With or without minimalist editing, the humanity of Raymond Carver's storytelling puts him in the same league as Chekhov
Whenever I look at Giacometti's attenuated sculptures I think of Raymond Carver's bleakly poetic early stories. Offering realism stripped to its barest essence, those that make up two of his early collections,Would You Please Be Quiet, Please? and What We Talk About When We Talk About Love, conform to what John Barth called "hyperrealistic minimalism", and represent an influential return to the the blueprint of the modern short story as outlined by Chekhov.
To dispense with the lately reignited controversy pertaining to the impact of editor Gordon Lish to Carver's early style, yes, it's true to say Lish rewrote the endings to at least 10 of Carver's stories, and scrapped no less than 70% of the story Mr Coffee and Mr Fixit. The evidence is there for all to see at Indiana University, to which institution Lish sold his papers in 1991. Carver's later, post-Lish collections, Cathedral and Elephant, the latter left unfinished when he died of lung cancer in 1988, aged 50, are notably more voluble and optimistic than what came before.
But while Lish undeniably had a hand in the noteworthy style of Carver's earlier work, the editor's own fiction is a mostly indigestible blend of metafictional tricks and bathetic humour. This would seem to confirm that however skilfully he accentuated or downplayed certain elements in Carver's work, the person who imbued that work with emotion was Carver and Carver alone.
And for all the talk of minimalism and terseness, Carver's stories are full of feeling. Whether considering the early-period reticence of Why Don't You Dance? or the relative expansiveness of a later story like Cathedral, all these stories, like Chekhov's, are driven by a desire to map what it is to be human. That their construction, their seemingly arbitrary but in fact painstakingly chosen beginning and endpoints, implies both the impossibility of realising this goal and the necessity of making the attempt anyway, is what makes them beautiful, even heroic.
Carver's switch from despair to hope has long divided critics, but to characterise this split as being a chiaroscuro division of darkness and light is simplistic. Take The Bath and its expanded rewrite, A Small, Good Thing. On his birthday a boy falls into a coma after being hit by a car. As his parents fret, the baker who has prepared Scotty's uncollected birthday cake pesters them with a series of increasingly menacing phonecalls. The Bath ends with almost sadistic inconclusiveness, exploiting both the reader's urge to know whether Scotty lives or dies and his mother Ann's bewilderment. "'Is it about Scotty?'" she asks the unknown caller, assuming it's the hospital. "'It has to do with Scotty, yes.'" the voice replies. Led by the tone of the story, which implies life's cruel randomness, the reader assumes both that the voice belongs to the disgruntled baker and that Scotty will most likely die.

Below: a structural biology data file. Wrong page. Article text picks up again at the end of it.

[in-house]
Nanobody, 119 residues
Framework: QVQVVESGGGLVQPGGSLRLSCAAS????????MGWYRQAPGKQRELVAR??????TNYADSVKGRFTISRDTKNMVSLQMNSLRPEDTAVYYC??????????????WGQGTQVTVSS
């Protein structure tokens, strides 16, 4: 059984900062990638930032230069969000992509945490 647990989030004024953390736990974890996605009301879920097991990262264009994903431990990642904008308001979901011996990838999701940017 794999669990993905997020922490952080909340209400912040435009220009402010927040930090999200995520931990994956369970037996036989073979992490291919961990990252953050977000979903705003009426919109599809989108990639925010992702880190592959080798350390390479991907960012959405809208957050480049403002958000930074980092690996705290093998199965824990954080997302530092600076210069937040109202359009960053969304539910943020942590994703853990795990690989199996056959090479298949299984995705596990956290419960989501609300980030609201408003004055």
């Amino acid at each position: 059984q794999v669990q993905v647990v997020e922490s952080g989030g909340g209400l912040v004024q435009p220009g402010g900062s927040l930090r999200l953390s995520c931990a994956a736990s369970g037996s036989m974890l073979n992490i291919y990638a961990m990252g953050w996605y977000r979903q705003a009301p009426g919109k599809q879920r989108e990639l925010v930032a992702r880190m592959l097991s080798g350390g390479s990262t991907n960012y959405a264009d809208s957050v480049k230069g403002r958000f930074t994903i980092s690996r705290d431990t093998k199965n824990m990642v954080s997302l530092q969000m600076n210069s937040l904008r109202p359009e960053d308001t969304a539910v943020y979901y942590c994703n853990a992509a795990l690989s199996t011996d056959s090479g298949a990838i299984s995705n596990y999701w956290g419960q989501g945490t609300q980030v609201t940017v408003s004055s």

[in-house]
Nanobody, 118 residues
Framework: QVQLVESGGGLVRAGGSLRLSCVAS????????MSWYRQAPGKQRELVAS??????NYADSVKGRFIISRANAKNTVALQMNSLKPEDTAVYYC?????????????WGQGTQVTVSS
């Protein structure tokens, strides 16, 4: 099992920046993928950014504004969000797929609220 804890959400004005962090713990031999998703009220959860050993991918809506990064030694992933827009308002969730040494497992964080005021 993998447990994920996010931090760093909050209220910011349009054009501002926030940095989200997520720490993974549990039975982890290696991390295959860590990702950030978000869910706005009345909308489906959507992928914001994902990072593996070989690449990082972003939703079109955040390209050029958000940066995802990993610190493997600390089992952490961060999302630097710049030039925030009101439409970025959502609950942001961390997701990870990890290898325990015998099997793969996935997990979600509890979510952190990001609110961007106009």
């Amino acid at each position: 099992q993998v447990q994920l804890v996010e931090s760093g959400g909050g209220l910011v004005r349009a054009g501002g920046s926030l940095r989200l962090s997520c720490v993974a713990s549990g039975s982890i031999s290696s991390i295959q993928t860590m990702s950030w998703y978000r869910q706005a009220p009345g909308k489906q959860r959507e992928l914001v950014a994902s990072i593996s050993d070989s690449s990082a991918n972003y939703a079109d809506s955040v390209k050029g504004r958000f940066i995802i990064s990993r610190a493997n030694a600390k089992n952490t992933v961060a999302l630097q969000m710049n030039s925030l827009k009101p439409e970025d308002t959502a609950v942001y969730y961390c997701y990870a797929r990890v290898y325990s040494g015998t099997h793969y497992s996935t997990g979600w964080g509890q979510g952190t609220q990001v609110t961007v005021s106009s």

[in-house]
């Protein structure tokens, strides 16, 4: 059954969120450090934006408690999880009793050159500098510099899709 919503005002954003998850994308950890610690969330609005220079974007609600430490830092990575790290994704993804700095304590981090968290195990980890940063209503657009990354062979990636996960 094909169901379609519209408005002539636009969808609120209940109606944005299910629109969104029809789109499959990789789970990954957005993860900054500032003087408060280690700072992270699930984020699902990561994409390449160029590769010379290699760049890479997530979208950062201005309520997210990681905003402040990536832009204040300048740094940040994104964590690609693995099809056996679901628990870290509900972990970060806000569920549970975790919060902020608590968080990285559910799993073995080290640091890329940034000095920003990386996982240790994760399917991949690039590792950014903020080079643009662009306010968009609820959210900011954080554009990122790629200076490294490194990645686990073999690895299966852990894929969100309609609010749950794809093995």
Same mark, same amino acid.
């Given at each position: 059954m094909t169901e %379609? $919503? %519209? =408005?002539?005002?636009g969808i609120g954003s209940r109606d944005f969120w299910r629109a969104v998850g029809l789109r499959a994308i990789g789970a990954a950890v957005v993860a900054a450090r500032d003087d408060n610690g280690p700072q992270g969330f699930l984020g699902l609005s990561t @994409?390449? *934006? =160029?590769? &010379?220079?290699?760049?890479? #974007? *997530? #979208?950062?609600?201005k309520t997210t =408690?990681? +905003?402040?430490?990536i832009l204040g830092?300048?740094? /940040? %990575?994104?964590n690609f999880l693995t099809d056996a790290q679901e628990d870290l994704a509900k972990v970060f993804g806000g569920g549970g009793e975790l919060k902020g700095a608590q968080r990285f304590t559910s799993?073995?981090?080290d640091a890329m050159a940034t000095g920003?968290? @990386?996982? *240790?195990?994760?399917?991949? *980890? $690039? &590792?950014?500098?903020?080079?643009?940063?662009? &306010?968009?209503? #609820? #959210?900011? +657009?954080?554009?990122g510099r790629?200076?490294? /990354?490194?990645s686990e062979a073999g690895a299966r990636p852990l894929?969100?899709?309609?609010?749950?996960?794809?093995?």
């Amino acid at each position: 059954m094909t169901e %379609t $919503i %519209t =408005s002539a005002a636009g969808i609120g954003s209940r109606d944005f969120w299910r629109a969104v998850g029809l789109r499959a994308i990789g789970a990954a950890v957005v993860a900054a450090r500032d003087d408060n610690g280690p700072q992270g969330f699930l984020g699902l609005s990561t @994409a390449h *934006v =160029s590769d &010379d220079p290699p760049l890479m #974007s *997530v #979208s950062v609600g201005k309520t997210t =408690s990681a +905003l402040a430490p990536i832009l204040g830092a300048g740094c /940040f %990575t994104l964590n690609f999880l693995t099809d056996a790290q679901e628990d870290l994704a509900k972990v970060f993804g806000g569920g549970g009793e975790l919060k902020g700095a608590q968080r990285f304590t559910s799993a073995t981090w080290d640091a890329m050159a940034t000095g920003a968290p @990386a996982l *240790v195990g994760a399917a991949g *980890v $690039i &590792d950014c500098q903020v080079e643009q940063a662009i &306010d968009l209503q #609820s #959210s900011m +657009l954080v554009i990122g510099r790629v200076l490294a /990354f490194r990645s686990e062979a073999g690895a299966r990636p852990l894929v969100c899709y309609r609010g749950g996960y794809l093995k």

In A Small, Good Thing, by contrast, not only is the forged compassion between Scotty's mother and father explored, but following the boy's death the parents confront the baker, who realises the grotesqueness of his actions and apologises. The story ends with them eating fresh bread in the bakery: "They talked on into the early morning, the high, pale cast of light in the windows, and they did not think of leaving."
While vastly different in outlook and effect, to term the latter story sentimental, as it often has been, is fundamentally to misunderstand Carver's modus operandi. His stories, again like Chekhov's, are signposts as opposed to destinations, and have beginnings and endings that lie beyond the parameters of the stories themselves. While Scotty's parents experience a moment of grace that morning, there's no reason to suggest their grief has run its course. Ann's has already ebbed and flowed several times in a matter of pages, and it will no doubt continue to do so for a long time to come. Rather than a pat ending, Carver locates a moment of hope in the midst of sorrow. The later story, while less formally adventurous than its forerunner, is more emotionally daring.
Carver's work continued to develop beyond this point. The last story he ever wrote, Errand, is unique in his oeuvre, and suggests that his death cut short a fresh departure in his writing. It's somehow pleasing, though, that the final work by this writer who idolised Chekhov, and deserves comparison with him, should be both about the Russian's death and a definitive statement about the nature of storytelling. It's so neat a happenstance as to be denied inclusion in the fiction of either man.